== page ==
The Burlington/Faragher defense appears to be an effort by the Supreme Court to define a limited universe of cases in which employers will not be held strictly liable, on a vicarious basis, for the sexually harassing conduct of their supervisory employees. See Faragher, 118 S.Ct. at 2290-92. The Court noted that

  in implementing Title VII it makes sense to hold an
  employer vicariously liable for some tortious conduct
  of a supervisor made possible by abuse of his
  supervisory authority, and that the
  aided-by-agency-relation principle embodied in §
  219(2)(d) of the Restatement provides an appropriate
  starting point for determining liability for the kind
  of harassment presented here.

Faragher, 118 S.Ct. at 2290. In a footnote accompanying this text, the Court stated, We say "starting point" because our obligation here is not to make a pronouncement of agency law in general or to transplant § 219(2)(d) into Title VII. Rather, it is to adapt agency concepts to the practical objectives of Title VII. As we said in Meritor Savings Bank, FSB v. Vinson, 477 U.S. 57, 72, 106 S.Ct. 2399, 2408, 91 L.Ed.2d 49 (1986), "common-law principles may not be transferable in all their particulars to Title VII."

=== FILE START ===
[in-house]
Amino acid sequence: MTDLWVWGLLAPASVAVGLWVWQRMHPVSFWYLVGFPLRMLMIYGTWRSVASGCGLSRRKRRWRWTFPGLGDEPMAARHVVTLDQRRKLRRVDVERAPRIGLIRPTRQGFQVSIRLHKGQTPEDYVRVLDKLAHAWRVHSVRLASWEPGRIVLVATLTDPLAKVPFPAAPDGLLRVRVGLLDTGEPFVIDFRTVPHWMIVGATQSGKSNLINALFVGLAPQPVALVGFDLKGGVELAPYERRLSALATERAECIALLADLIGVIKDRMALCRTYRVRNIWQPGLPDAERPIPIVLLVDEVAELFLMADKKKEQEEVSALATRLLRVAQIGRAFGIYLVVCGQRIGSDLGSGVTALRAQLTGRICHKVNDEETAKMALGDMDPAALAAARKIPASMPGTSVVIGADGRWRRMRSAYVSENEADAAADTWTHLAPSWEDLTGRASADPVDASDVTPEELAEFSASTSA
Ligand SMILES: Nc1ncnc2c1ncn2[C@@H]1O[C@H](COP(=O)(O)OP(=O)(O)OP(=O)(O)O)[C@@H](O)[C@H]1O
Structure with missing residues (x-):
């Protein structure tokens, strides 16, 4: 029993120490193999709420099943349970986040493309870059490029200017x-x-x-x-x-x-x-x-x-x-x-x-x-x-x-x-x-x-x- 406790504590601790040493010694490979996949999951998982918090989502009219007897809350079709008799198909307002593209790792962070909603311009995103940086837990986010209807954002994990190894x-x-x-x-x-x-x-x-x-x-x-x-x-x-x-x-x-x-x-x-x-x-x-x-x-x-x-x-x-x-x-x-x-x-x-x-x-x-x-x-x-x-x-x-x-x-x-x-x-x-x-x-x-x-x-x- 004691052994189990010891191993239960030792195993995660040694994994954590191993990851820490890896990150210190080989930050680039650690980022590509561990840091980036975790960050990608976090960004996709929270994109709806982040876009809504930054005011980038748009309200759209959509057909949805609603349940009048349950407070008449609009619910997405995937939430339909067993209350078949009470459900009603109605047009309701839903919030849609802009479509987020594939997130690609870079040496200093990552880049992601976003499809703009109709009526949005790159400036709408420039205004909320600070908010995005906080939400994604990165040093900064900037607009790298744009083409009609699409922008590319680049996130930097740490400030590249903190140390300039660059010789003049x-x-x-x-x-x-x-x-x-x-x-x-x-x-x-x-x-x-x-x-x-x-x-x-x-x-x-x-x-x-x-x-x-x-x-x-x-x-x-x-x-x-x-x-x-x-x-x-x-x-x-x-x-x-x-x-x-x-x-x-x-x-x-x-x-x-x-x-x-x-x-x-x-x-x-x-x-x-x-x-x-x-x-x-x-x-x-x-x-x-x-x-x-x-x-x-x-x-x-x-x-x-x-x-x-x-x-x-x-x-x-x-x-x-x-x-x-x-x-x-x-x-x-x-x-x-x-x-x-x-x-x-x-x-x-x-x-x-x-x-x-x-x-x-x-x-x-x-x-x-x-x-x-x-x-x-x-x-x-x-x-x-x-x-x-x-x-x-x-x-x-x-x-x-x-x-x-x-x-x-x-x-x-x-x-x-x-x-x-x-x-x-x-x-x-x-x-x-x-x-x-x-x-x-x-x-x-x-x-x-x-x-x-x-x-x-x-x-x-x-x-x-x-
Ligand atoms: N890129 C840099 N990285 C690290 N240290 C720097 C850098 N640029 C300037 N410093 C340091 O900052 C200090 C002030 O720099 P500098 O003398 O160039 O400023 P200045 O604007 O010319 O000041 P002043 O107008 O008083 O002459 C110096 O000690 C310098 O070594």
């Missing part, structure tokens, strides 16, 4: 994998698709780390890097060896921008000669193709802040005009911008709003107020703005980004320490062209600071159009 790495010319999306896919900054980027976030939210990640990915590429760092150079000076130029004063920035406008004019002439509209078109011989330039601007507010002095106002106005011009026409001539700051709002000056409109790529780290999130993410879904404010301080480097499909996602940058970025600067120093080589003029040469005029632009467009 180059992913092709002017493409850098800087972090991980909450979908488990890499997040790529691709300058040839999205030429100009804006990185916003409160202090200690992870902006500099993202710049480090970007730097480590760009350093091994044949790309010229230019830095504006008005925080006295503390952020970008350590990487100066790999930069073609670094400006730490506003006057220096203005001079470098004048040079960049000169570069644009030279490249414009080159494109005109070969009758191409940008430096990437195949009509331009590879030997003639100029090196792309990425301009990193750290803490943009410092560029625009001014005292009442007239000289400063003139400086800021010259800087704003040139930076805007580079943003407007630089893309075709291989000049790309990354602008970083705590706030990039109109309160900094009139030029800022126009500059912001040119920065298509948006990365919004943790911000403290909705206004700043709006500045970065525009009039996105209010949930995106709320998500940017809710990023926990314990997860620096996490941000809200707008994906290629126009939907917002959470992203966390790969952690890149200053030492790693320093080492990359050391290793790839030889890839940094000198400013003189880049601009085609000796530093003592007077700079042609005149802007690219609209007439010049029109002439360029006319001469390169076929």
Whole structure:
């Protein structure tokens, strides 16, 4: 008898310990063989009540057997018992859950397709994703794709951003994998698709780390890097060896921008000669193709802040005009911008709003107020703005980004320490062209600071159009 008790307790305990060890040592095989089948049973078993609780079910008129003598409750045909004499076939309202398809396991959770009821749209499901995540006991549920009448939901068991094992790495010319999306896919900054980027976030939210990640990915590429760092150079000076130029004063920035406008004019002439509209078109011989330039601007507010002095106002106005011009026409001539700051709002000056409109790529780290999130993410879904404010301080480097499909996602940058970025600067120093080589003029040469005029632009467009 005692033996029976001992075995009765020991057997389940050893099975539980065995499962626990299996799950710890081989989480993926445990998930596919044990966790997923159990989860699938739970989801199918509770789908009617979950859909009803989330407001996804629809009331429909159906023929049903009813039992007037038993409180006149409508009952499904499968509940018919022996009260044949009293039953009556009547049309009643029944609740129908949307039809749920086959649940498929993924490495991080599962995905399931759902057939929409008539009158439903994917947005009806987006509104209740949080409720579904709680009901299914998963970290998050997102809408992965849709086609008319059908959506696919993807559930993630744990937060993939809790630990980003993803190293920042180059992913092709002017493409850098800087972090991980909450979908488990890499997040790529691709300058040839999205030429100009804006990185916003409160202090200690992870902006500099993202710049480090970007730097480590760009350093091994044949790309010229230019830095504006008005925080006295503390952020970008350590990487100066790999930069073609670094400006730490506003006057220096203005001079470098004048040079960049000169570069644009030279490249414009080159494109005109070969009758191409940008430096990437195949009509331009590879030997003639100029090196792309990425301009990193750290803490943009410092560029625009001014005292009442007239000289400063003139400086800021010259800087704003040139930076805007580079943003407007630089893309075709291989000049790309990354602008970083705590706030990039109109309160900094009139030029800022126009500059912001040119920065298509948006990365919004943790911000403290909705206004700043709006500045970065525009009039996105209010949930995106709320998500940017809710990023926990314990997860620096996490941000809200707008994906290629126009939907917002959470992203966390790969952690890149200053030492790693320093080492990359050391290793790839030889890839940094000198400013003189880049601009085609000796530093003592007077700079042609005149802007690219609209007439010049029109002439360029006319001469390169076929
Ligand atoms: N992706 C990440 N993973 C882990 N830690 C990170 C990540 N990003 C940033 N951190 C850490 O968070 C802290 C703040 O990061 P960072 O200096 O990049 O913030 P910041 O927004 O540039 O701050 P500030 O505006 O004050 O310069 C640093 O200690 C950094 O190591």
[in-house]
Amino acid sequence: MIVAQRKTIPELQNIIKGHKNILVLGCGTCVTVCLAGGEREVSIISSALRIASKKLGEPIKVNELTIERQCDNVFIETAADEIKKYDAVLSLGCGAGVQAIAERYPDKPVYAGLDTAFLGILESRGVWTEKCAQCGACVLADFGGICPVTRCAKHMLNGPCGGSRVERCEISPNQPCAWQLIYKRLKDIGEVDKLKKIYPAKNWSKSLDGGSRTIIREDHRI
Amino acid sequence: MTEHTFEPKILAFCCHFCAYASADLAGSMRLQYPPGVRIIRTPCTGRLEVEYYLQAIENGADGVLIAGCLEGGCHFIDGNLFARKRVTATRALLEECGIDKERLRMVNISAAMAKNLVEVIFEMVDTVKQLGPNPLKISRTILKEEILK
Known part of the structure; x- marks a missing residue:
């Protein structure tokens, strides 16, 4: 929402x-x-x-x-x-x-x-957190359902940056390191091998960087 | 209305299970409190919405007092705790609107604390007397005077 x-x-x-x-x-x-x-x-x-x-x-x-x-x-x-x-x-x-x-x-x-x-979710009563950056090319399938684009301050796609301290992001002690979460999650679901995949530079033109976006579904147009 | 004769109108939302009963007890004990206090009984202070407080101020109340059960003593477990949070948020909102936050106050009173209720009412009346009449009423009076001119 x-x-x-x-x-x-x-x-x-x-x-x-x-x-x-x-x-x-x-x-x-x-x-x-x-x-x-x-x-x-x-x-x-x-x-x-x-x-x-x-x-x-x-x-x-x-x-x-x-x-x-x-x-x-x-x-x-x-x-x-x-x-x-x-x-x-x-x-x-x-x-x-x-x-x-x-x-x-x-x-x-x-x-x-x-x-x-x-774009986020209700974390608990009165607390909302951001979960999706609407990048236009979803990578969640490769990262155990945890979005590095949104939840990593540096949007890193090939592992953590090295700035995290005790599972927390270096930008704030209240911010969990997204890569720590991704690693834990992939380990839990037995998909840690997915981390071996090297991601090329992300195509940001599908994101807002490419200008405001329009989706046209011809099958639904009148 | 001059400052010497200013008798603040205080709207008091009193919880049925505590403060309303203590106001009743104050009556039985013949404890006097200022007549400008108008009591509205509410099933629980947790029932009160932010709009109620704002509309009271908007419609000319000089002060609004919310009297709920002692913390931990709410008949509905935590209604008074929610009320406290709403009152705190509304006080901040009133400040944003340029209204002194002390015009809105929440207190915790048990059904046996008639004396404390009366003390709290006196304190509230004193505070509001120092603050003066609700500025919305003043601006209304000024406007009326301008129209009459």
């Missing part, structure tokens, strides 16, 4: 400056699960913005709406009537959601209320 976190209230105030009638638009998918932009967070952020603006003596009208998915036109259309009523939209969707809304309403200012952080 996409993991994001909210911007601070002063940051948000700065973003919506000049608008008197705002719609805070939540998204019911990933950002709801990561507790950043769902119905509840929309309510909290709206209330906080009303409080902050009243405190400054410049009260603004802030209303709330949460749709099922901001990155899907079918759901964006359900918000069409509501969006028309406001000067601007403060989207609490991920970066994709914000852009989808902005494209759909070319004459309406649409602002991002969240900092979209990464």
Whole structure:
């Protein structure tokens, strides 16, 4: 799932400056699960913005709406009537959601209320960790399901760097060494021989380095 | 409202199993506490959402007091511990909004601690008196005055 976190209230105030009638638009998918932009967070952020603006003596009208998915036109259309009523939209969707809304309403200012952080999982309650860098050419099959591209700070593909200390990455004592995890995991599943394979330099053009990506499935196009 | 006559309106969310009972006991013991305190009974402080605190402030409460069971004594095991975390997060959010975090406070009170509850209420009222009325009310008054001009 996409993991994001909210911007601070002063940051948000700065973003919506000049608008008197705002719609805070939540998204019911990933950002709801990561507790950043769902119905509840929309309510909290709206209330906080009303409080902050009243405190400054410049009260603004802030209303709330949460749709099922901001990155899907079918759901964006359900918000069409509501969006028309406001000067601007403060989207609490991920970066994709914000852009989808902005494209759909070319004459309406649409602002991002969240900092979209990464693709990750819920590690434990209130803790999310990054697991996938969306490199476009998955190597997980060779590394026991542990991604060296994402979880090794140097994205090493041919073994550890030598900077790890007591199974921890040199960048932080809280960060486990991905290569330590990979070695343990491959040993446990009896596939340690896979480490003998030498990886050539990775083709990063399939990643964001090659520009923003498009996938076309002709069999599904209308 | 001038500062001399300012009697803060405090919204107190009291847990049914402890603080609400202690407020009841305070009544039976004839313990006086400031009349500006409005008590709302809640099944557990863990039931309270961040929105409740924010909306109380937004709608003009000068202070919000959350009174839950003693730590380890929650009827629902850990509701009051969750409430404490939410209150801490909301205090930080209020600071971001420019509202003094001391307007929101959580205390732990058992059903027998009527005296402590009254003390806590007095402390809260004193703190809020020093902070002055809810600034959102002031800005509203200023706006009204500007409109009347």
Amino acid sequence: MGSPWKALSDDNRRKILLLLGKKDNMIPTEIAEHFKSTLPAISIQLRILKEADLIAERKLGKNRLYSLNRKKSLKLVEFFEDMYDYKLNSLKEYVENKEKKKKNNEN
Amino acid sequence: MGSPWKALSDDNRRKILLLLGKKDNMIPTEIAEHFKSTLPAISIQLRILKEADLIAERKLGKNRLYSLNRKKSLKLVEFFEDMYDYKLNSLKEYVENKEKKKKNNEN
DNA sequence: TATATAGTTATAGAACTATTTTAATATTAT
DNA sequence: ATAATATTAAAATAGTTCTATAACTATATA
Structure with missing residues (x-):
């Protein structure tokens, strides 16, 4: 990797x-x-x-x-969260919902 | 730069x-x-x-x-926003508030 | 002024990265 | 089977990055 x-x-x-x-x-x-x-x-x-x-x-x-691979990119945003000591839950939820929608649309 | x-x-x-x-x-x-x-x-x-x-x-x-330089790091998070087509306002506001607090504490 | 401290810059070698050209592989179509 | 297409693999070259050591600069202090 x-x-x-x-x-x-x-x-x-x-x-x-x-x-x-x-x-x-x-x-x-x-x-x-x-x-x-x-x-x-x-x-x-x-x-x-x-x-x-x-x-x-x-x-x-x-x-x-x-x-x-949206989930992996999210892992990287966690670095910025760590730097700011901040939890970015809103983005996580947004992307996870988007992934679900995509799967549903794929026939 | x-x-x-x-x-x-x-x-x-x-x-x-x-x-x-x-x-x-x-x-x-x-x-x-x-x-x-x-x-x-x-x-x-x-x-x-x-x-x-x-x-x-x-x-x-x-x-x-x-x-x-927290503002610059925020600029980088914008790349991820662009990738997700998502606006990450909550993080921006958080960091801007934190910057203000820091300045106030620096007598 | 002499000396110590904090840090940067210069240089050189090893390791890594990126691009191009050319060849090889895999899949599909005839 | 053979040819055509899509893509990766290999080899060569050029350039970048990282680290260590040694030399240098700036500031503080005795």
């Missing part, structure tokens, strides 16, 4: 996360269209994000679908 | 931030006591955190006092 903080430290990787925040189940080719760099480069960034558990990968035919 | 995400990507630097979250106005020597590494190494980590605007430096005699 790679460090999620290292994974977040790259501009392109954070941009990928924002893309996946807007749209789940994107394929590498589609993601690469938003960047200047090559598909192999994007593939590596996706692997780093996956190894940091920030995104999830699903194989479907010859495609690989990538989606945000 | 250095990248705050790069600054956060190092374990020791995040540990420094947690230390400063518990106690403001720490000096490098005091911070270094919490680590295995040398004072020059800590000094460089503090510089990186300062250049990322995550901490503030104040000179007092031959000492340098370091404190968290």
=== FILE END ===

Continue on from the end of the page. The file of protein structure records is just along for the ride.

Id. at 2290 n. 3. The Court went on to observe that Meritor held that "an employer is not automatically liable for harassment by a supervisor who creates the requisite degree of discrimination." Id. at 2291 (quotation marks omitted). To counter the tension between that holding in Meritor "and the position that a supervisor's misconduct aided by supervisory authority subjects the employer to liability vicariously," the Court established the Burlington/Faragher affirmative defense. Id. at 2291-93.